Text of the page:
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Cover photo: COCOMASUR, Colombia

In December 2023, EarthRights International, together with 25 indigenous, rural and afro-descendant communities and organisations from Colombia, Brazil, Ecuador, the United States, Guatemala, Honduras and Peru, presented before the Inter-American Court of Human Rights the Amicus Curiae “Protection of the rights of Indigenous and Tribal Peoples in the face of the impacts of climate change”, as a contribution to the process of the Advisory Opinion on Climate Emergency and Human Rights requested by the Republic of Colombia and the Republic of Chile on January 9, 2023.

Although they have contributed the least to the climate crisis, Indigenous and Tribal peoples, as well as rural communities, are the main victims of its consequences.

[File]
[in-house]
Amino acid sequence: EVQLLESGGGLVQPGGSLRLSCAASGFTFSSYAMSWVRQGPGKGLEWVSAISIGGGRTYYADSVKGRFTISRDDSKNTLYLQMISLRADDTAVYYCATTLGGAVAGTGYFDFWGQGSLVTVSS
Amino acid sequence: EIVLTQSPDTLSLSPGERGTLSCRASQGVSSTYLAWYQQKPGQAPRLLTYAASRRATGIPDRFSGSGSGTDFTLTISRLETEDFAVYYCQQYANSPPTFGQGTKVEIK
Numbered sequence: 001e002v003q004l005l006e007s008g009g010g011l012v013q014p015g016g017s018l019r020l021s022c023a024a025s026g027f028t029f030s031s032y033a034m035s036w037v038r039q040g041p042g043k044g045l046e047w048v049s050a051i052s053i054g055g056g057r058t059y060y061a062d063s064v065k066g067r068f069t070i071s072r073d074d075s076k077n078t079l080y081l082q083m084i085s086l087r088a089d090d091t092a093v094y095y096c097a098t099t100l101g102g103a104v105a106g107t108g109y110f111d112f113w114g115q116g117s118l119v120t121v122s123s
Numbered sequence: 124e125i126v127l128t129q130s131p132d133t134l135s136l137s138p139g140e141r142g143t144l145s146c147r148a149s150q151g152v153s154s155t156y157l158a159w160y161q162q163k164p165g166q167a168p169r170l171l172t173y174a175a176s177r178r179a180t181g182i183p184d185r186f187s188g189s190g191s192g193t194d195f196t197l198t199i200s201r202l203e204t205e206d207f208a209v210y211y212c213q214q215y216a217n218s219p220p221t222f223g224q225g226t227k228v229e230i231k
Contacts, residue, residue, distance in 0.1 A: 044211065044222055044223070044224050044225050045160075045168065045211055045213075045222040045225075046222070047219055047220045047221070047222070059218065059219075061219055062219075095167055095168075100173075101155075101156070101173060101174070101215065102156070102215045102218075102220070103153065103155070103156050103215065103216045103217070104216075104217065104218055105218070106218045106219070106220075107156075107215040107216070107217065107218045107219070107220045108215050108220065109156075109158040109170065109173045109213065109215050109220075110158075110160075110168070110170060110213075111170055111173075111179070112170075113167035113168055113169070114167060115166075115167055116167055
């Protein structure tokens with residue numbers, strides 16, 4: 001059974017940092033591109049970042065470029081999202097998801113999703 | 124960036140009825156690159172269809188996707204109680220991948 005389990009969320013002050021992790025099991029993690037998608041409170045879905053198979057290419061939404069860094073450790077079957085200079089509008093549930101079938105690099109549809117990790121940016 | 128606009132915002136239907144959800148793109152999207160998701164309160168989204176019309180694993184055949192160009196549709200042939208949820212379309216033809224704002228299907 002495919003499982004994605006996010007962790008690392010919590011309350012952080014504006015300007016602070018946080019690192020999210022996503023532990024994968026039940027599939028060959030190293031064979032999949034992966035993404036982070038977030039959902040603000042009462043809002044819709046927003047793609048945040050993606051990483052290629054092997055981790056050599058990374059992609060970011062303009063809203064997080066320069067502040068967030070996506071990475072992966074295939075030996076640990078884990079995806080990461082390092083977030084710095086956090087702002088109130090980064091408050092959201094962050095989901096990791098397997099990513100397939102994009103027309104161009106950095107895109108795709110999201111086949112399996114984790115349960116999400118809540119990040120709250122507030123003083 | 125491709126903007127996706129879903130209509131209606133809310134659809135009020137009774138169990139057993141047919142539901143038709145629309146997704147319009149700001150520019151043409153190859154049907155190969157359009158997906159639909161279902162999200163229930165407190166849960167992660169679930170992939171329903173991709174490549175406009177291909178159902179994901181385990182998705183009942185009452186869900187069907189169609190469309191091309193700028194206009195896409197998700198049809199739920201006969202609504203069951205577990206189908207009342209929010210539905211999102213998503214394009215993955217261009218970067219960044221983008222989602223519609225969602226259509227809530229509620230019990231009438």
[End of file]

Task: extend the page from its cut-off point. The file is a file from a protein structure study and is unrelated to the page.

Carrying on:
The close relationship of these peoples with their territories and natural resources, on which their livelihoods depend, makes them particularly vulnerable to climate impacts, putting their traditional ways of life at risk and threatening their rights to self-determination and cultural identity.


  • The Amazon covers 6.7 million km² and extends across 9 countries in South America, including Brazil, Peru, Colombia and Ecuador.
  • There is a network of 7,000 indigenous territories and protected areas covering approximately 50% of the Amazon rainforest, which have been fundamental for conserving its ecosystems and biological richness.
  • Eighteen per cent of the Amazon forest has been deforested, and another 17% is degraded, mainly due to logging, fossil fuels, and agribusiness, which has a serious environmental impact.
  • Deforestation is one of the main causes of climate change, producing approximately 10% of the world’s current carbon emissions.

>Photo: FENAMAD, Perú